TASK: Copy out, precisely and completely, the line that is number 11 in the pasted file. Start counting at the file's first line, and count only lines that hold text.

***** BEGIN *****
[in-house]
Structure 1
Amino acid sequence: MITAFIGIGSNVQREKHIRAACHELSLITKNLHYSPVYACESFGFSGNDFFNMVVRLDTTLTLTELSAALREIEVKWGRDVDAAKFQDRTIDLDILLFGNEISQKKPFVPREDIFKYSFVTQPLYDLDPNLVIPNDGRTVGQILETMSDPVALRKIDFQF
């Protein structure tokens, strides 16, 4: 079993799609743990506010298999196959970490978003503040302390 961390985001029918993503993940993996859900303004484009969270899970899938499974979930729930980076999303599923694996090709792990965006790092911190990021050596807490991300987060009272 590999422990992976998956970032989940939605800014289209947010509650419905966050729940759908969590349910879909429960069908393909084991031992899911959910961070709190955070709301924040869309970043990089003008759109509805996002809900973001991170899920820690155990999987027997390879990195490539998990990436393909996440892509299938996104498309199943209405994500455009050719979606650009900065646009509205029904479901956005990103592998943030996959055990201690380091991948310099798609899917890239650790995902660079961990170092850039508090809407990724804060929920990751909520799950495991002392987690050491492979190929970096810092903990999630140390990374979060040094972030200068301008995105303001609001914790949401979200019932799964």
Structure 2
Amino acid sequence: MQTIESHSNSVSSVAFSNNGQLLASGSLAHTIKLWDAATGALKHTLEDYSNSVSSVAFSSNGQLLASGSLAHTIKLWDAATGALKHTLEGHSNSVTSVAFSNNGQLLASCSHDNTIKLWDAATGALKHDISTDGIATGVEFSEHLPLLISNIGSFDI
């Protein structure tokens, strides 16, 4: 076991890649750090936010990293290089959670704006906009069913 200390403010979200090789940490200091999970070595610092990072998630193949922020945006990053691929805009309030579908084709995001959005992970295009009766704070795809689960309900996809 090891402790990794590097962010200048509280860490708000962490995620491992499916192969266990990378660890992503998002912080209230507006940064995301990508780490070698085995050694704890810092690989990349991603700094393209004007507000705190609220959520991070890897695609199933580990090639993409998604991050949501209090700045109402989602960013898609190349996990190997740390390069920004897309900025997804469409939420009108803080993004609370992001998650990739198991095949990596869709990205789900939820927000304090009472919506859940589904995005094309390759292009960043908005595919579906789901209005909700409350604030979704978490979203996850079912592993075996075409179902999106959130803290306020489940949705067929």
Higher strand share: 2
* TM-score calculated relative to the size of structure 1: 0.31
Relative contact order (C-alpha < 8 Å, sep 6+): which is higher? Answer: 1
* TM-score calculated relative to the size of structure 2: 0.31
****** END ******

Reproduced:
* TM-score calculated relative to the size of structure 2: 0.31